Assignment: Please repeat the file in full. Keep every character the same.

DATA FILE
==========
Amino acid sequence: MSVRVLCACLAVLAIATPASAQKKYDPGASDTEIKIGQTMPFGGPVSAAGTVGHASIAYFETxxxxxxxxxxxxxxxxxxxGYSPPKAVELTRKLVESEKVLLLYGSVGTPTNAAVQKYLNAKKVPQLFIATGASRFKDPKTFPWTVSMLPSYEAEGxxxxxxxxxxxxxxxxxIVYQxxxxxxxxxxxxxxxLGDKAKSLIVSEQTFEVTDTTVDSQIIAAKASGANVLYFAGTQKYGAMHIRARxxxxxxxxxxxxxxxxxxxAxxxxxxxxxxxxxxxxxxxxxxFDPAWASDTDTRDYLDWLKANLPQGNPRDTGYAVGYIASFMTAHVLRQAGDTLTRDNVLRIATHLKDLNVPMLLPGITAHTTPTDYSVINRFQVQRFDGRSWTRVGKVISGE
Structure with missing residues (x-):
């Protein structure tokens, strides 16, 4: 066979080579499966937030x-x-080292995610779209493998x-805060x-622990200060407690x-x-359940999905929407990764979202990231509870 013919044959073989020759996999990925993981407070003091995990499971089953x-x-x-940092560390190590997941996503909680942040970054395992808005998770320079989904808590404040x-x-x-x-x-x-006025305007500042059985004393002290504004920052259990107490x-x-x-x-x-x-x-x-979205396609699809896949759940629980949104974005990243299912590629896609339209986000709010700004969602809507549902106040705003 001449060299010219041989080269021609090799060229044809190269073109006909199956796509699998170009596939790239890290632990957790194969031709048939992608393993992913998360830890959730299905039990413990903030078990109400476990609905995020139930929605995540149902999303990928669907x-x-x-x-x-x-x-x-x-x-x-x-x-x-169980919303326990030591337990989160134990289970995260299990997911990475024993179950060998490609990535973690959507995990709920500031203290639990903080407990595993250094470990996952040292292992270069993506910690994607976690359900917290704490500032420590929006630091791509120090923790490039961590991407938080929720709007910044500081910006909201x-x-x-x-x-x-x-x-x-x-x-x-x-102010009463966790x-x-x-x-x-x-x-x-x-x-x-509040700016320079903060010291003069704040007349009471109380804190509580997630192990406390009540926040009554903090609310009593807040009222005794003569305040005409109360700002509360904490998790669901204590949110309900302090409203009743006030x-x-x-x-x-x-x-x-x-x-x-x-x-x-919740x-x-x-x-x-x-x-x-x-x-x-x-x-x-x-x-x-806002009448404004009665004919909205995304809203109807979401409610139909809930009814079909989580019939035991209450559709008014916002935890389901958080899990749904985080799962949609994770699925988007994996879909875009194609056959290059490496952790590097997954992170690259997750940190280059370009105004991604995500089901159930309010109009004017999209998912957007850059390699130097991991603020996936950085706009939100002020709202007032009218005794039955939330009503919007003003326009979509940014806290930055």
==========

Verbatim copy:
Amino acid sequence: MSVRVLCACLAVLAIATPASAQKKYDPGASDTEIKIGQTMPFGGPVSAAGTVGHASIAYFETxxxxxxxxxxxxxxxxxxxGYSPPKAVELTRKLVESEKVLLLYGSVGTPTNAAVQKYLNAKKVPQLFIATGASRFKDPKTFPWTVSMLPSYEAEGxxxxxxxxxxxxxxxxxIVYQxxxxxxxxxxxxxxxLGDKAKSLIVSEQTFEVTDTTVDSQIIAAKASGANVLYFAGTQKYGAMHIRARxxxxxxxxxxxxxxxxxxxAxxxxxxxxxxxxxxxxxxxxxxFDPAWASDTDTRDYLDWLKANLPQGNPRDTGYAVGYIASFMTAHVLRQAGDTLTRDNVLRIATHLKDLNVPMLLPGITAHTTPTDYSVINRFQVQRFDGRSWTRVGKVISGE
Structure with missing residues (x-):
């Protein structure tokens, strides 16, 4: 066979080579499966937030x-x-080292995610779209493998x-805060x-622990200060407690x-x-359940999905929407990764979202990231509870 013919044959073989020759996999990925993981407070003091995990499971089953x-x-x-940092560390190590997941996503909680942040970054395992808005998770320079989904808590404040x-x-x-x-x-x-006025305007500042059985004393002290504004920052259990107490x-x-x-x-x-x-x-x-979205396609699809896949759940629980949104974005990243299912590629896609339209986000709010700004969602809507549902106040705003 001449060299010219041989080269021609090799060229044809190269073109006909199956796509699998170009596939790239890290632990957790194969031709048939992608393993992913998360830890959730299905039990413990903030078990109400476990609905995020139930929605995540149902999303990928669907x-x-x-x-x-x-x-x-x-x-x-x-x-x-169980919303326990030591337990989160134990289970995260299990997911990475024993179950060998490609990535973690959507995990709920500031203290639990903080407990595993250094470990996952040292292992270069993506910690994607976690359900917290704490500032420590929006630091791509120090923790490039961590991407938080929720709007910044500081910006909201x-x-x-x-x-x-x-x-x-x-x-x-x-102010009463966790x-x-x-x-x-x-x-x-x-x-x-509040700016320079903060010291003069704040007349009471109380804190509580997630192990406390009540926040009554903090609310009593807040009222005794003569305040005409109360700002509360904490998790669901204590949110309900302090409203009743006030x-x-x-x-x-x-x-x-x-x-x-x-x-x-919740x-x-x-x-x-x-x-x-x-x-x-x-x-x-x-x-x-806002009448404004009665004919909205995304809203109807979401409610139909809930009814079909989580019939035991209450559709008014916002935890389901958080899990749904985080799962949609994770699925988007994996879909875009194609056959290059490496952790590097997954992170690259997750940190280059370009105004991604995500089901159930309010109009004017999209998912957007850059390699130097991991603020996936950085706009939100002020709202007032009218005794039955939330009503919007003003326009979509940014806290930055």